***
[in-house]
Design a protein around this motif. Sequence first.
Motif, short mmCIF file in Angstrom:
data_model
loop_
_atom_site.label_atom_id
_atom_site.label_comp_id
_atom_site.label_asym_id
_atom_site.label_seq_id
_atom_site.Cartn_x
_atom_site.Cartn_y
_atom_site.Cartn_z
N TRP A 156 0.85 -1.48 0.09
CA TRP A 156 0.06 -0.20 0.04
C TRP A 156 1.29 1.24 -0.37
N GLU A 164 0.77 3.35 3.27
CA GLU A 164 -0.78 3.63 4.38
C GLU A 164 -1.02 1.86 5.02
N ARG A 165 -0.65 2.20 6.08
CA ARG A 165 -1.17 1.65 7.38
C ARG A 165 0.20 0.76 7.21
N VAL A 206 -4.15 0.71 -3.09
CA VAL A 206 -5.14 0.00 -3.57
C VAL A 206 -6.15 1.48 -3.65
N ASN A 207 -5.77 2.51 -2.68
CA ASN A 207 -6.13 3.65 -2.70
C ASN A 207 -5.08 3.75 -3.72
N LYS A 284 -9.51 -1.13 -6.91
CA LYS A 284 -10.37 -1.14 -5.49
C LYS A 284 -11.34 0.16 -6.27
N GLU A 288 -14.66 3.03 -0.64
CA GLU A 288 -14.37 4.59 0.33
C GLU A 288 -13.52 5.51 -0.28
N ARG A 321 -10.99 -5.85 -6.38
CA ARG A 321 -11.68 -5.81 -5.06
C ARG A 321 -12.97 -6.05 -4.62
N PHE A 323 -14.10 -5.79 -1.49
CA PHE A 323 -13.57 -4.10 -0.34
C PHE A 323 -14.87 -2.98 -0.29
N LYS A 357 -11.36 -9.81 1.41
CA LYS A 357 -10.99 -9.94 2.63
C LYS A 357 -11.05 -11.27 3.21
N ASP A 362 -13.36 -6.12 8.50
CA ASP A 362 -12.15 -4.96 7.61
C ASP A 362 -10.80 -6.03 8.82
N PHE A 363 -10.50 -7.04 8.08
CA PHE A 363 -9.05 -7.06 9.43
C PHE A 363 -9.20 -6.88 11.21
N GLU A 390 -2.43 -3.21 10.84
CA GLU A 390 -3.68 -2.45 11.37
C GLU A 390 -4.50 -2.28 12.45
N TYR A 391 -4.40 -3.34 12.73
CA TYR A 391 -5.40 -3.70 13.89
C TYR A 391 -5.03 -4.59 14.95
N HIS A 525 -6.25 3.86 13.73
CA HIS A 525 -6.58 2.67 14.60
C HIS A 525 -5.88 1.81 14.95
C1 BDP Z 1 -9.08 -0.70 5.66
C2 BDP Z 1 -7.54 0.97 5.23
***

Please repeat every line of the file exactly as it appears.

[in-house]
Design a protein around this motif. Sequence first.
Motif, short mmCIF file in Angstrom:
data_model
loop_
_atom_site.label_atom_id
_atom_site.label_comp_id
_atom_site.label_asym_id
_atom_site.label_seq_id
_atom_site.Cartn_x
_atom_site.Cartn_y
_atom_site.Cartn_z
N TRP A 156 0.85 -1.48 0.09
CA TRP A 156 0.06 -0.20 0.04
C TRP A 156 1.29 1.24 -0.37
N GLU A 164 0.77 3.35 3.27
CA GLU A 164 -0.78 3.63 4.38
C GLU A 164 -1.02 1.86 5.02
N ARG A 165 -0.65 2.20 6.08
CA ARG A 165 -1.17 1.65 7.38
C ARG A 165 0.20 0.76 7.21
N VAL A 206 -4.15 0.71 -3.09
CA VAL A 206 -5.14 0.00 -3.57
C VAL A 206 -6.15 1.48 -3.65
N ASN A 207 -5.77 2.51 -2.68
CA ASN A 207 -6.13 3.65 -2.70
C ASN A 207 -5.08 3.75 -3.72
N LYS A 284 -9.51 -1.13 -6.91
CA LYS A 284 -10.37 -1.14 -5.49
C LYS A 284 -11.34 0.16 -6.27
N GLU A 288 -14.66 3.03 -0.64
CA GLU A 288 -14.37 4.59 0.33
C GLU A 288 -13.52 5.51 -0.28
N ARG A 321 -10.99 -5.85 -6.38
CA ARG A 321 -11.68 -5.81 -5.06
C ARG A 321 -12.97 -6.05 -4.62
N PHE A 323 -14.10 -5.79 -1.49
CA PHE A 323 -13.57 -4.10 -0.34
C PHE A 323 -14.87 -2.98 -0.29
N LYS A 357 -11.36 -9.81 1.41
CA LYS A 357 -10.99 -9.94 2.63
C LYS A 357 -11.05 -11.27 3.21
N ASP A 362 -13.36 -6.12 8.50
CA ASP A 362 -12.15 -4.96 7.61
C ASP A 362 -10.80 -6.03 8.82
N PHE A 363 -10.50 -7.04 8.08
CA PHE A 363 -9.05 -7.06 9.43
C PHE A 363 -9.20 -6.88 11.21
N GLU A 390 -2.43 -3.21 10.84
CA GLU A 390 -3.68 -2.45 11.37
C GLU A 390 -4.50 -2.28 12.45
N TYR A 391 -4.40 -3.34 12.73
CA TYR A 391 -5.40 -3.70 13.89
C TYR A 391 -5.03 -4.59 14.95
N HIS A 525 -6.25 3.86 13.73
CA HIS A 525 -6.58 2.67 14.60
C HIS A 525 -5.88 1.81 14.95
C1 BDP Z 1 -9.08 -0.70 5.66
C2 BDP Z 1 -7.54 0.97 5.23